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Cartomancy (The Age of Discovery) [Kindle Edition]

Michael A. Stackpole
4.1 out of 5 stars  See all reviews (8 customer reviews)

Print List Price: $15.00
Kindle Price: $9.99
You Save: $5.01 (33%)
Sold by: Random House LLC

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Book Description

"Michael A. Stackpole is incapable of writing a book that isn't imaginative and intelligent."–Stephen R. Donaldson, author of The Chronicle of Thomas Covenant

New York Times
bestselling author Michael A. Stackpole returns with the second book of a groundbreaking trilogy charting exciting new territory in fantasy fiction. Cartomancy follows a group of trailblazing mapmakers with the power to discover new worlds–and shape reality itself….

Under the shadow of invasion by a nameless enemy, there seems only one way to save Nalenyr from oblivion. The old heroes who once defended the land must be awakened. And accomplishing that requires a journey across the magical wasteland where they're rumored to be trapped–a wasteland rife with magic and danger.

Grandson of the Royal Cartographer, Keles Anturasi finds himself trapped in an enemy nation where his skill may well be his death sentence. His brother Jorim is an ocean away, captive in an altered realm in which he's regarded as a god. And their sister Nirati resides in a paradise that exists between life and death with her insane grandfather and an ancient sorcerer bent on the world's destruction.

Now they and their companions must struggle to survive in a world where war on earth mirrors war in heaven. What the gods themselves fear, men must brave. Heroes and mystics they may be, but can any of them survive in a world where things are seldom what they seem: a place where dreams can become reality–and reality can turn into a nightmare....

From the Trade Paperback edition.

Editorial Reviews

From Publishers Weekly

Bestseller Stackpole's second book in his Age of Discovery series (after 2005's The Secret Atlas) offers more complex geopolitical intrigue shaped by magic—in particular, the chaotic "wild" magic released more than seven centuries earlier by "the Cataclysm," when the Empress Cyrsa split the realm into "the Nine Principalities." Grandmaster cartographer Qiro Anturasi, despite being the prisoner of Imperial Prince Cyron of Nalenyr, has somehow been able to create a brand new continent in what had hitherto been an unoccupied portion of the ocean. Meanwhile, Qiro's grandson, Kelos, who has been sent to map the wild lands of Ixyll, has been captured by Prince Pyrust of Deseiron, who, like Cyron, schemes to unite and rule the Nine Principalities. A profusion of characters and subplots slows the pace, but there's adventure aplenty for those who like their fantasies big and bloody. (Feb. 28)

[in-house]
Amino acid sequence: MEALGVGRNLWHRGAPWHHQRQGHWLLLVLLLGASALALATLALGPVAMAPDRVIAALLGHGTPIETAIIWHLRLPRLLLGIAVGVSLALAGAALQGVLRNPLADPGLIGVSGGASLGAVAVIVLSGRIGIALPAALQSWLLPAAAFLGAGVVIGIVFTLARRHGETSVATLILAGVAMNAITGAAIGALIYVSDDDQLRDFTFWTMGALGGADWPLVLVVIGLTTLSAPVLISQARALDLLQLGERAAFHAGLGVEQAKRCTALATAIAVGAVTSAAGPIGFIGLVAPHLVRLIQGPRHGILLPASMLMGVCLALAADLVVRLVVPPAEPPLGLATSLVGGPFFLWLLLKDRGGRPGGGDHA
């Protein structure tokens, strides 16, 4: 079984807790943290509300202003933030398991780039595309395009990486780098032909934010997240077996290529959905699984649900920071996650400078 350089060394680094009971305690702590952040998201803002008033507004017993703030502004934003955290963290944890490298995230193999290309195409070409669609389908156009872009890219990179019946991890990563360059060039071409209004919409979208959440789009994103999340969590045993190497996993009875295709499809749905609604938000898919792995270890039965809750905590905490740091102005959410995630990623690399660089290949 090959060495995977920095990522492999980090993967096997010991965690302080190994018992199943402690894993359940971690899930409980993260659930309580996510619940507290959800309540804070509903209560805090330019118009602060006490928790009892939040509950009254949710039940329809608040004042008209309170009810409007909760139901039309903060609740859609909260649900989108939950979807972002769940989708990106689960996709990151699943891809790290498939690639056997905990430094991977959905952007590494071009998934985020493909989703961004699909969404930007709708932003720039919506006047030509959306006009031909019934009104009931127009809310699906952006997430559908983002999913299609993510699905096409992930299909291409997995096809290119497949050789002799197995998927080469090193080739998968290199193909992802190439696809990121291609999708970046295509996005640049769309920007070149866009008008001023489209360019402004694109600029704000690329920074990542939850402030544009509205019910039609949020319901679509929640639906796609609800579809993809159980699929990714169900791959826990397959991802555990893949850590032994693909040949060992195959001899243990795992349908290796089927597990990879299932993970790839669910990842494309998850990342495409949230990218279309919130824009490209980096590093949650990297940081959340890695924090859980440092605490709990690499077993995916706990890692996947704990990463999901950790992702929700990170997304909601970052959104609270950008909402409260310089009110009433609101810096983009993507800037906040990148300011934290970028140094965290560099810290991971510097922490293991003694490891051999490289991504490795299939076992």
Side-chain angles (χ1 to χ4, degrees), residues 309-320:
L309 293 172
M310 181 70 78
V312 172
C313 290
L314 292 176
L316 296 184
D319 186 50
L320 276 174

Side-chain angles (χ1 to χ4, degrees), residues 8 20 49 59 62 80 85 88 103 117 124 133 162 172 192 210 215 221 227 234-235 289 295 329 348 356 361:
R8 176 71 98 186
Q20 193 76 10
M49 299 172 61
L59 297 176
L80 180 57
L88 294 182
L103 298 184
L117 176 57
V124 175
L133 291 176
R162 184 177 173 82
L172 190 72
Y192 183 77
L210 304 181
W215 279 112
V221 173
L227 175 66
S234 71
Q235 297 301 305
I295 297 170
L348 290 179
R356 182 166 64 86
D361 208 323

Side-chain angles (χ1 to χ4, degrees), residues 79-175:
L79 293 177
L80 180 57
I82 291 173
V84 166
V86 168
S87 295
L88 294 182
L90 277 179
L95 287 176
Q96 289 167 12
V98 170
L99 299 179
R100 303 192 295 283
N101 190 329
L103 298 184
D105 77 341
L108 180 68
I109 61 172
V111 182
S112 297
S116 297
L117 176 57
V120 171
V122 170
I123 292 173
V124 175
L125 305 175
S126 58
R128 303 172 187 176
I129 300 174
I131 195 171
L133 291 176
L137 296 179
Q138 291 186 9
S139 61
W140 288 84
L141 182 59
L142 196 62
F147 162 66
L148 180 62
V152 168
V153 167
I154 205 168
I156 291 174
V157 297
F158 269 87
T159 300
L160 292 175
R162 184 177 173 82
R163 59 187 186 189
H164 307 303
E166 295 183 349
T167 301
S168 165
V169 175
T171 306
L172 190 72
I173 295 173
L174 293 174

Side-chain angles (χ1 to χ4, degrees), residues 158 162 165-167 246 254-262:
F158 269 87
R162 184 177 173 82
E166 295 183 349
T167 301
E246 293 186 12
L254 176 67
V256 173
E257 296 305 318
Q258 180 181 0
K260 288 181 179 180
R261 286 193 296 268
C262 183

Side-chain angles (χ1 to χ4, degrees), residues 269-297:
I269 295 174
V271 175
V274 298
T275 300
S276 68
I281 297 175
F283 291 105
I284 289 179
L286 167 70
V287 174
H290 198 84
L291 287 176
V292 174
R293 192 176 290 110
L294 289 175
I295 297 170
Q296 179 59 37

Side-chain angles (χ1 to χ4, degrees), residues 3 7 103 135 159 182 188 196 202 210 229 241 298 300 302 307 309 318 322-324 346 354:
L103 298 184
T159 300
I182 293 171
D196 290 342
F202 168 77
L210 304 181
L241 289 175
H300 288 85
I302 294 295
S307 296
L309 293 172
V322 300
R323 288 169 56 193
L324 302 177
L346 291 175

Copyright © Reed Business Information, a division of Reed Elsevier Inc. All rights reserved.

From Booklist

The prolific and gifted Stackpole continues the fantasy saga he began in A Secret Atlas (2005). Its setting is based on the great age of European exploration in the sixteenth and seventeenth centuries. In that era, maps were rare, expensive, and often credited with supernatural or, at least, mysterious powers. In the world of Stackpole's fiction, maps constitute a potent form of magic and are expected to bring together two brothers and a sister from alternate worlds to complete a collective quest: a life-or-death search for their homeland, which is menaced by invaders who can be defeated only by legendary champions who shall rise from the dead (shades of the legend of Frederick Barbarossa!). Sufficient suspense, enough action, intelligent characterization, and detail drawn from this-world history all boost Cartomancy well above the ruck of the standard quest tales, though to its credit, it can be enjoyed simply for the quest, too. Another feather in Stackpole's already well-plumed cap. Roland Green
Copyright © American Library Association. All rights reserved

Product Details

  • File Size: 602 KB
  • Print Length: 448 pages
  • Page Numbers Source ISBN: 0553382381
  • Publisher: Spectra (February 28, 2006)
  • Sold by: Random House LLC
  • Language: English
  • Text-to-Speech: Enabled
  • X-Ray:
  • Word Wise: Not Enabled
  • Lending: Not Enabled
  • Amazon Best Sellers Rank: #801,641 Paid in Kindle Store (See Top 100 Paid in Kindle Store)
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Customer Reviews

4.1 out of 5 stars
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10 of 11 people found the following review helpful
5.0 out of 5 stars Excellence, without a doubt March 4, 2006
Cartomancy, the sequel to A Secret Atlas, does everything ASA did right-- and very little of what it did wrong. This time, readers don't have to wait half the book to get to the important parts. While actual action sequences aren't truly common, the promise of them looms over the entire book, making even political issues exciting to read-- and when action does come along, it comes in style.

The books follows a number of different threads, meaning that readers with one specific favorite character may be dissapointed when their story comes along only between peeking at what everybody else was doing. It doesn't make the story slow, however-- there is a very definite sense that things are getting done while characters are "off screen."